This connectedness in gratitude allows us to see the artificial nature of the strata of our social, political, and economic structures. Reaching across these artificial barriers, as Jesus did, challenges the systems that constrain us. It invites us to find a new way of being together. Jesus said, “If you want to be great in God’s kingdom, learn to be the servant of all.” 1 Thessalonians tells us, “In everything give thanks, for this is the will of God in Christ Jesus for you.”

Having a gratitude mindset is challenging because we are so oriented to our culture of complaint and lack. We are constantly told we “need” newer, bigger, better, more. We are quick to point out the bad, ugly, inconvenient, or difficult. Gratitude is a counter cultural activity.

We considered at the retreat what “prophetic gratitude” might look like. Some of our ideas were:

  • We can proclaim the truth that is bigger than our complaint, a truth about a larger reality.

Our current president gives me ample opportunities to complain. Picture this: what looks like a protest group surrounding the white house shouting, “Donald Trump, you are created in the image of God for good works. You are not an island. We are all connected!”

  • We can loudly proclaim through action and demonstration the truth that connects us.

Imagine a protest at a water project of some kind. Instead of “Stop the dam”! Signs, what if signs pointed us to connections. “This water belongs to all of us. We share the oceans with all creatures and humanity.”

  • We can call the system into gratitude alignment.

The food on our tables was likely harvested and processed with immigrant hands. We can call for appropriate gratitude for the hands that feed us.

In our discussion one man commented that gratitude is holy oil – penetrating, lubricating, invasive.

All these thoughts have motivated me to do something concrete to break down the false divisions among us. Here are the three actions I feel led to pursue primarily with Friends in Common. First, we have had several discussions about who we hold as “other” that we would not welcome to our circle. I felt that from my past, those of other faith traditions, particularly those labeled “cults” such as Mormons were considered “other”. I feel called to create a venue where we can sit down with a wide spectrum of folks from different faith traditions for meaningful dialogue. Our first topic will be the basis of our ethics. What core beliefs inform our ethical standards? Others in Friends in Common identified self-righteous people who consider themselves the insiders (like most of us used to) are our “others”. To address that we are offering our services to a local evalgelical church that runs quite a few programs serving the needy. We will do whatever they ask of us to support their work in our community. We understand we may be asked to serve them in programs that we aren’t comfortable in. We hold our hands open to what God wants to do through and in us, even with our sweaty palms. At Sierra Cascades quarterly meeting where we were encouraged to learn the history of our local indigenous people. I am crafting a letter to the Coeur d’Alene tribe asking them if they would be willing to teach us their history and share with us the core values that hold them together as a people.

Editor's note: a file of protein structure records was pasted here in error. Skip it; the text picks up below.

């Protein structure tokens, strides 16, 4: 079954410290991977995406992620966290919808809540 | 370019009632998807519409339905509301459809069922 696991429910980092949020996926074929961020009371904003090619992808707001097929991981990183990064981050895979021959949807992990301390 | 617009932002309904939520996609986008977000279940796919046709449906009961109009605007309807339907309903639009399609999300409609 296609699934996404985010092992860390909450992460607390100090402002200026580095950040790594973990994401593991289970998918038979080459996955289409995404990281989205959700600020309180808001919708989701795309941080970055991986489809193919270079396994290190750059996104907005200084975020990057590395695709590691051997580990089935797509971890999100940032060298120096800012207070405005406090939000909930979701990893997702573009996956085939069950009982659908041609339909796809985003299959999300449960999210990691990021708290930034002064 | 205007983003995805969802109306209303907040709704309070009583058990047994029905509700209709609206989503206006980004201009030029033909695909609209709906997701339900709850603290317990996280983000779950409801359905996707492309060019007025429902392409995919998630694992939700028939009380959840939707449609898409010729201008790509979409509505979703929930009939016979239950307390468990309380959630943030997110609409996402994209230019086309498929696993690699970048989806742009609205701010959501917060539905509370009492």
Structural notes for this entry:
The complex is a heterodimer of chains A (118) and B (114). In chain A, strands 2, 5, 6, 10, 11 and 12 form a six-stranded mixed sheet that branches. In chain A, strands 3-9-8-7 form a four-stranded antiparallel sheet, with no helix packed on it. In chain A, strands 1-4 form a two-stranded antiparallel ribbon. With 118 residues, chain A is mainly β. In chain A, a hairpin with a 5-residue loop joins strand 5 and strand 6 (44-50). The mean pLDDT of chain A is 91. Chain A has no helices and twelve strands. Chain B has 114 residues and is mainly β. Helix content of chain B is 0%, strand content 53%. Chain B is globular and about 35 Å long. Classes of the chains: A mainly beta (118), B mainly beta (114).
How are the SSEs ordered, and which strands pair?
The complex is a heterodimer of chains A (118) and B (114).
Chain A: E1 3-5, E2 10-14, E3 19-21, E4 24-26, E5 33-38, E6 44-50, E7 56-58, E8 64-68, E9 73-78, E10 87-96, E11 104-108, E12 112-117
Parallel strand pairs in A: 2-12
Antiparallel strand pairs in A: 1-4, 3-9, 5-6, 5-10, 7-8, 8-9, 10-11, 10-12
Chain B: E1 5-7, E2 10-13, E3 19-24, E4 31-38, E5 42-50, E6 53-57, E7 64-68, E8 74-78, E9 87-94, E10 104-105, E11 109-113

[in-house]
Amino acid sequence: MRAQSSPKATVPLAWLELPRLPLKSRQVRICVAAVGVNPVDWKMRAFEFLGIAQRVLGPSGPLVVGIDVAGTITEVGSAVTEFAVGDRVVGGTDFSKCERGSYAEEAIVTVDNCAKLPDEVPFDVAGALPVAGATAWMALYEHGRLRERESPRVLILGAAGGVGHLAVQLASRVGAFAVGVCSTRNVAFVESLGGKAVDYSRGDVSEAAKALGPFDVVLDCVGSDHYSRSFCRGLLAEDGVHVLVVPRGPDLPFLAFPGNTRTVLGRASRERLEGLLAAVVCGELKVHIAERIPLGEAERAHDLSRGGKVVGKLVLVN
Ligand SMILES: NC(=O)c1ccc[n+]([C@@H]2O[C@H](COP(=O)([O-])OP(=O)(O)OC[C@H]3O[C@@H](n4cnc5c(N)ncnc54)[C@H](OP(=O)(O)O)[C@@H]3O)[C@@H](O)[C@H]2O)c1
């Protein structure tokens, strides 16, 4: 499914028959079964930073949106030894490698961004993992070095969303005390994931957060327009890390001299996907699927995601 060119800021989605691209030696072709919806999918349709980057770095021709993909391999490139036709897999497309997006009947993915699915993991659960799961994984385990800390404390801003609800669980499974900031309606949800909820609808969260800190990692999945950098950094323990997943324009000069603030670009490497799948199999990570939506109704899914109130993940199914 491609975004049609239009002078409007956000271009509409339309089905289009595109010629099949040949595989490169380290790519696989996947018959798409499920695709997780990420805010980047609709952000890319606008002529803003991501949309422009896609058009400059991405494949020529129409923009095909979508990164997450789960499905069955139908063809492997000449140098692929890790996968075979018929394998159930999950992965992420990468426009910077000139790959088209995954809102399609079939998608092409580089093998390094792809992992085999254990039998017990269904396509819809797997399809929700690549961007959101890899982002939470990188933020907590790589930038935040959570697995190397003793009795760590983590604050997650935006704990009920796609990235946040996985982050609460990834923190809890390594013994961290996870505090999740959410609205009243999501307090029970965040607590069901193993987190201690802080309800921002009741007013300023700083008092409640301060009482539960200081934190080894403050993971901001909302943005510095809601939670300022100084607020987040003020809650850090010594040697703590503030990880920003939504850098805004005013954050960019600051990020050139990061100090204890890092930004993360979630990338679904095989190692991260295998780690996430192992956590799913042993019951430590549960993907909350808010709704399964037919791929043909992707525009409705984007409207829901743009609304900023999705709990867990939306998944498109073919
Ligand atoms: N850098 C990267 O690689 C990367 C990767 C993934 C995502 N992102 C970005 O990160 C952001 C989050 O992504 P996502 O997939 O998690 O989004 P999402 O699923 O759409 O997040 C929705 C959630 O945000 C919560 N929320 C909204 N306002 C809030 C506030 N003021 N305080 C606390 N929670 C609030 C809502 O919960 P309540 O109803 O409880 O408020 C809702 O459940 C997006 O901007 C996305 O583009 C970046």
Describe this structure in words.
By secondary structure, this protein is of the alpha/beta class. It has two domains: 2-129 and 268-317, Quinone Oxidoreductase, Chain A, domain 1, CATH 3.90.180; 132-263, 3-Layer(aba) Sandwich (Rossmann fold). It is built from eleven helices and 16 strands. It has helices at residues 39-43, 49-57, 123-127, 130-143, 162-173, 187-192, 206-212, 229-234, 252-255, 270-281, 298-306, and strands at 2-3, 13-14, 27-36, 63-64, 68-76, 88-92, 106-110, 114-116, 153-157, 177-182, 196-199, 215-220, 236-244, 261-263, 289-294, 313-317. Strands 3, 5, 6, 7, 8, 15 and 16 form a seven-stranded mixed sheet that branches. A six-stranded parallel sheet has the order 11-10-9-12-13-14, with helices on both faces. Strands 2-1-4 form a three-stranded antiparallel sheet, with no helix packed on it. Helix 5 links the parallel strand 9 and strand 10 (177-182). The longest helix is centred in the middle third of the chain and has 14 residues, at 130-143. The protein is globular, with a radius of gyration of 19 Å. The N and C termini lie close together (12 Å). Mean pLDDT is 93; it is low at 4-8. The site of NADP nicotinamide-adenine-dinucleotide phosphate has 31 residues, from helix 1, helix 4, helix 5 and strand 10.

These are not huge tasks. But they are acts of gratitude that subvert the structures of dominance and power in our culture. Our gratitude for people of diverse faith traditions, gratitude for the conservative evangelical people of our faith communities of origin, and gratitude for the indigenous people on whose land we live and worship calls us to take concrete acts to demonstrate that gratitude. Our hope is that people will notice, and we will bring light to our local culture of divisiveness, judgement, and disdain. In reaching up and down, out and within to form bonds beyond the artificial separations in our social structures we hold the hope that we will be peacemakers and agents of reconciliation as we are instructed in the New Testament. We wish to break the triangular systems of inequality and replace them with new structures of generosity and abundance. But, for me, a circle still holds the image of some inside and some outside. Chris Hall suggested that perhaps not a circle itself, but a round table where all are welcome. One that expands as new people join is a better image. I wonder if there is yet a better image to describe the kind of kingdom Jesus brought.

I will close with a poem I wrote at the end of our retreat.

Being Grateful Together

Being grateful together

is a holy YES

to love

to abundance

to seeing the world in right order

to knowing a bigger truth

the possibility of a new story

 

Gratefulness is an invitation

to connectedness

to recognizing our place among all God’s children

 

Gratefulness is the holy oil

that moves us toward love

for our earth

for the “other”

for my life

for every one

 

Gratefulness transforms

darkness to light

triangles to circles

my own hardness to softness

pain to peace

 

Gratefulness creates

a place at the banqueting table for all

a place in the circle dance of earth’s inhabitants for all

 

Gratefulness calls me

Gratefulness calls us

 

This message was given by Leann Williams at Spokane Friends Church on Sunday, November 25, 2018.
There is a season
And a time to every purpose, under heaven
A time to be born, a time to die
A time to plant, a time to reap
A time to kill, a time to heal
A time to laugh, a time to weep.

May God bless our coming and going in all the circles and cycles of our lives.  Amen.

This message was given by Leann Williams at Spokane Friends Church on Sunday, November 25, 2018.